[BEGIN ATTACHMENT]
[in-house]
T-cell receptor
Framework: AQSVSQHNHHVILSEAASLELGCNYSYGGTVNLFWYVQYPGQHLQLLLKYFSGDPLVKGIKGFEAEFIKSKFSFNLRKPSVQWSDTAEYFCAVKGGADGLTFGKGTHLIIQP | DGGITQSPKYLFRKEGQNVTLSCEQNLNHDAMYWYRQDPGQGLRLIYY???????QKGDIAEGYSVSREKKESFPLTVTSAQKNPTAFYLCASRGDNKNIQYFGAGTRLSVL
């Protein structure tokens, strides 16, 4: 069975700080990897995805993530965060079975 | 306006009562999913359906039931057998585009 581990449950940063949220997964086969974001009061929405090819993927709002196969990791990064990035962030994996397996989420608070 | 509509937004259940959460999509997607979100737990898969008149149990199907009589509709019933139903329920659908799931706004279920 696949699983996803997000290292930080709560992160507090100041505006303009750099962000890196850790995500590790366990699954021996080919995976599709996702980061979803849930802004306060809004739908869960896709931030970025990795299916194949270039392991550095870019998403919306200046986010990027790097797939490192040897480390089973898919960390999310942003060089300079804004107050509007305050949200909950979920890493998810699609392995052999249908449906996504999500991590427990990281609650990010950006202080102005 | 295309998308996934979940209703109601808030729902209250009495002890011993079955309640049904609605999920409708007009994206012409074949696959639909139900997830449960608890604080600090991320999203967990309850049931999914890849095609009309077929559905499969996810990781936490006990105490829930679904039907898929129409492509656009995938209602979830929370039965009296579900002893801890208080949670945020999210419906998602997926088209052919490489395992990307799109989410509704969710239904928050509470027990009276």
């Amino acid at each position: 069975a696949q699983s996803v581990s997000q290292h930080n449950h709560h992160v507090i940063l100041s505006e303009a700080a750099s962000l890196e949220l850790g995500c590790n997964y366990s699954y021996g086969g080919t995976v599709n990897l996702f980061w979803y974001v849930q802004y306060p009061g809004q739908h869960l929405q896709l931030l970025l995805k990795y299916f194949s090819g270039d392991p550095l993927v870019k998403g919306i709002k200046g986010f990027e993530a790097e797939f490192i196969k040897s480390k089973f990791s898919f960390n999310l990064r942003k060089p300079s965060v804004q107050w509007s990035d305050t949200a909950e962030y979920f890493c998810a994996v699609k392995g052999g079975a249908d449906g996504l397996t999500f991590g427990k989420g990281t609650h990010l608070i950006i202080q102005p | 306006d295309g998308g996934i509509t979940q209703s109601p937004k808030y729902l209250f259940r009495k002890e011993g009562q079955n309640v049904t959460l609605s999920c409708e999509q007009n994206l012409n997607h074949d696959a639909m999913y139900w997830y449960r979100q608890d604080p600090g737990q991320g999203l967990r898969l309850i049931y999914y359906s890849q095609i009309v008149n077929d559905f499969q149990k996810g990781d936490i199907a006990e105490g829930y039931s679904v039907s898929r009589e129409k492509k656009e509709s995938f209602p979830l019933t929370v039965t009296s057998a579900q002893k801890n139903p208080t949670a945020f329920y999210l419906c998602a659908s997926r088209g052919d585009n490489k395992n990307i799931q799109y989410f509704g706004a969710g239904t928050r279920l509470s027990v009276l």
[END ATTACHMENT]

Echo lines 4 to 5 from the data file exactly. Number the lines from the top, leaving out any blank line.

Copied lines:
């Protein structure tokens, strides 16, 4: 069975700080990897995805993530965060079975 | 306006009562999913359906039931057998585009 581990449950940063949220997964086969974001009061929405090819993927709002196969990791990064990035962030994996397996989420608070 | 509509937004259940959460999509997607979100737990898969008149149990199907009589509709019933139903329920659908799931706004279920 696949699983996803997000290292930080709560992160507090100041505006303009750099962000890196850790995500590790366990699954021996080919995976599709996702980061979803849930802004306060809004739908869960896709931030970025990795299916194949270039392991550095870019998403919306200046986010990027790097797939490192040897480390089973898919960390999310942003060089300079804004107050509007305050949200909950979920890493998810699609392995052999249908449906996504999500991590427990990281609650990010950006202080102005 | 295309998308996934979940209703109601808030729902209250009495002890011993079955309640049904609605999920409708007009994206012409074949696959639909139900997830449960608890604080600090991320999203967990309850049931999914890849095609009309077929559905499969996810990781936490006990105490829930679904039907898929129409492509656009995938209602979830929370039965009296579900002893801890208080949670945020999210419906998602997926088209052919490489395992990307799109989410509704969710239904928050509470027990009276």
């Amino acid at each position: 069975a696949q699983s996803v581990s997000q290292h930080n449950h709560h992160v507090i940063l100041s505006e303009a700080a750099s962000l890196e949220l850790g995500c590790n997964y366990s699954y021996g086969g080919t995976v599709n990897l996702f980061w979803y974001v849930q802004y306060p009061g809004q739908h869960l929405q896709l931030l970025l995805k990795y299916f194949s090819g270039d392991p550095l993927v870019k998403g919306i709002k200046g986010f990027e993530a790097e797939f490192i196969k040897s480390k089973f990791s898919f960390n999310l990064r942003k060089p300079s965060v804004q107050w509007s990035d305050t949200a909950e962030y979920f890493c998810a994996v699609k392995g052999g079975a249908d449906g996504l397996t999500f991590g427990k989420g990281t609650h990010l608070i950006i202080q102005p | 306006d295309g998308g996934i509509t979940q209703s109601p937004k808030y729902l209250f259940r009495k002890e011993g009562q079955n309640v049904t959460l609605s999920c409708e999509q007009n994206l012409n997607h074949d696959a639909m999913y139900w997830y449960r979100q608890d604080p600090g737990q991320g999203l967990r898969l309850i049931y999914y359906s890849q095609i009309v008149n077929d559905f499969q149990k996810g990781d936490i199907a006990e105490g829930y039931s679904v039907s898929r009589e129409k492509k656009e509709s995938f209602p979830l019933t929370v039965t009296s057998a579900q002893k801890n139903p208080t949670a945020f329920y999210l419906c998602a659908s997926r088209g052919d585009n490489k395992n990307i799931q799109y989410f509704g706004a969710g239904t928050r279920l509470s027990v009276l």